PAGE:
We live in a brutish world. The front page of the daily paper illustrates this truth every morning. We are confronted with the latest details about the suffering and death of both Israelis and Palestinians as a result of the Hamas attack, the ruthless violence inflicted upon Ukrainian citizens as they try to survive Putin’s cold-blooded war, and the uncertain fate of thousands of immigrants as they encounter intolerance or indifference at various borders.
A great deal of the violence and suffering people experience, however, rarely makes it to the front page.
In the past few weeks, I have read detailed stories about the cynical use of child migrant labor in states that have stripped away the legal limits on the employment of children. I’ve learned of the involuntary “relocation” of Uyghurs and other ethnic minorities in China to become forced labor on its fleet of squid ships. And I now know about the hellish toil involved in mining cobalt and copper in the Democratic Republic of the Congo.
If we buy Oreo cookies or Gerber baby snacks, eat calamari, or drive an electric vehicle, it is likely that we are unintentionally complicit in the labor abuses described above. In most cases, we aren’t choosing to look the other way, but if we are honest we will acknowledge that the degree of our complicity bears examination.
There is nothing new about economic exploitation. In his 1759 satire Candide, Voltaire places his naïve protagonist in various confounding situations that tax his way of looking at life in the “best of all possible worlds.” In one of the more heartrending episodes, Candide encounters a one-armed, one-legged man lying helplessly outside a sugar mill. He questions the man about his deplorable state and is told that when an enslaved worker’s finger is caught in the mill the owners cut off the hand, and when a worker tries to run away they cut off one leg.
“This is the price we pay for the sugar you eat in Europe,” says this wretched soul.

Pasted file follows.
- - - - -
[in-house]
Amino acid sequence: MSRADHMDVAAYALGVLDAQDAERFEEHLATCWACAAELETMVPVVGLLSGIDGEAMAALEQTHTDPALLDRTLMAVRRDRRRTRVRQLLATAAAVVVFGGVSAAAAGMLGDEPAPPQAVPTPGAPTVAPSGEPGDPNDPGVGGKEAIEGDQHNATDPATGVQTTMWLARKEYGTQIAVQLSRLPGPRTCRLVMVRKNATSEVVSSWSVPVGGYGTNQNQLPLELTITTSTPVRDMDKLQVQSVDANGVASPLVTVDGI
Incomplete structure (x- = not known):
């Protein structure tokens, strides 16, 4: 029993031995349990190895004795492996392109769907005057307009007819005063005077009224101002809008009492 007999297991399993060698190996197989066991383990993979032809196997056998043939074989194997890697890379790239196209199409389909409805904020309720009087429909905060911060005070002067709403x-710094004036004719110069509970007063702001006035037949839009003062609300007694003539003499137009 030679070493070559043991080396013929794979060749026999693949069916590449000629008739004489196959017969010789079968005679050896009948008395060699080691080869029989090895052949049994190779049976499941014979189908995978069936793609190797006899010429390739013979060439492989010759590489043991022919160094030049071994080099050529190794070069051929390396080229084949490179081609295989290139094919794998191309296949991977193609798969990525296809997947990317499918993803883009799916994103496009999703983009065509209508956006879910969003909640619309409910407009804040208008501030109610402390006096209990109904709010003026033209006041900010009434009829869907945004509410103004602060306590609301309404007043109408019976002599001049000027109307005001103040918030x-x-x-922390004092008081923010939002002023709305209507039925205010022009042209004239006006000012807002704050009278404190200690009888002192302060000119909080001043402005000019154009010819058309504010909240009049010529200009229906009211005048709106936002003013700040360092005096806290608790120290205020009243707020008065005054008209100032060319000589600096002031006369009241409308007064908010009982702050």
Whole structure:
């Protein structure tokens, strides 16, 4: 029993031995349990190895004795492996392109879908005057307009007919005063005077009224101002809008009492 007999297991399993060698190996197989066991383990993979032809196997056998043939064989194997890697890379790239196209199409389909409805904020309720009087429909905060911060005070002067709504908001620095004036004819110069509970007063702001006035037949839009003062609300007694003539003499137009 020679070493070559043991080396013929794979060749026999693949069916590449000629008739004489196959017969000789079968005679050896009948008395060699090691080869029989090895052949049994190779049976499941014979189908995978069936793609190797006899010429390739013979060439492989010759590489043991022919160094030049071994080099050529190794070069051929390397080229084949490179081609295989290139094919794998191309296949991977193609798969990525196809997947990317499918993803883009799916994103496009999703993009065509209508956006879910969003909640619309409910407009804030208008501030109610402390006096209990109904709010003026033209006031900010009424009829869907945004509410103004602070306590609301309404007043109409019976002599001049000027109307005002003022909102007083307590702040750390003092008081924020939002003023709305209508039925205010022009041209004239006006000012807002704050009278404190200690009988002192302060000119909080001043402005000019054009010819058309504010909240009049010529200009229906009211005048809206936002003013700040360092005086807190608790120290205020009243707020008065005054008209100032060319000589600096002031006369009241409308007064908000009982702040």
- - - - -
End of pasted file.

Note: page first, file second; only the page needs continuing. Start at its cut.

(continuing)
While some consumers are willing to ignore the human rights abuses that take place every day in the world of global commerce, I think in most cases people are so busy coping with life’s demands that they are simply not looking in any direction but the one they are walking in.
Although I taught for 12 years in a high school founded on the tenets of Catholic social justice and became well versed in the distinction between sins of omission and sins of commission, I am not certain how to categorize my own behavior or that of others when it comes to so much of the manifold evil evident in today’s world economy. On the other hand, neither am I content with a “it has ever been thus” shrug of the shoulders.
The poet Jane Hirschfield offers the following:
Some questions cannot be answered.
They become familiar weights in the hand,
round stones pulled from the pocket,
unyielding and cool.
A thought for the new year: There are no simple remedies for confronting the contradictions inherent in living in an unscrupulous globalized world. We can, however, choose to put down our partisan megaphones, whether we are using them to amplify feel-good left-leaning wokeism or lockstep right-wing ideology, and then, with silence prevailing, turn full circle and quietly take in the dreadful suffering that shrouds life on Earth. If we choose to carry a stone in our pocket, perhaps we will discover that bearing witness can be more than a contemplative exercise.
Andrew Hay lives in Eastham.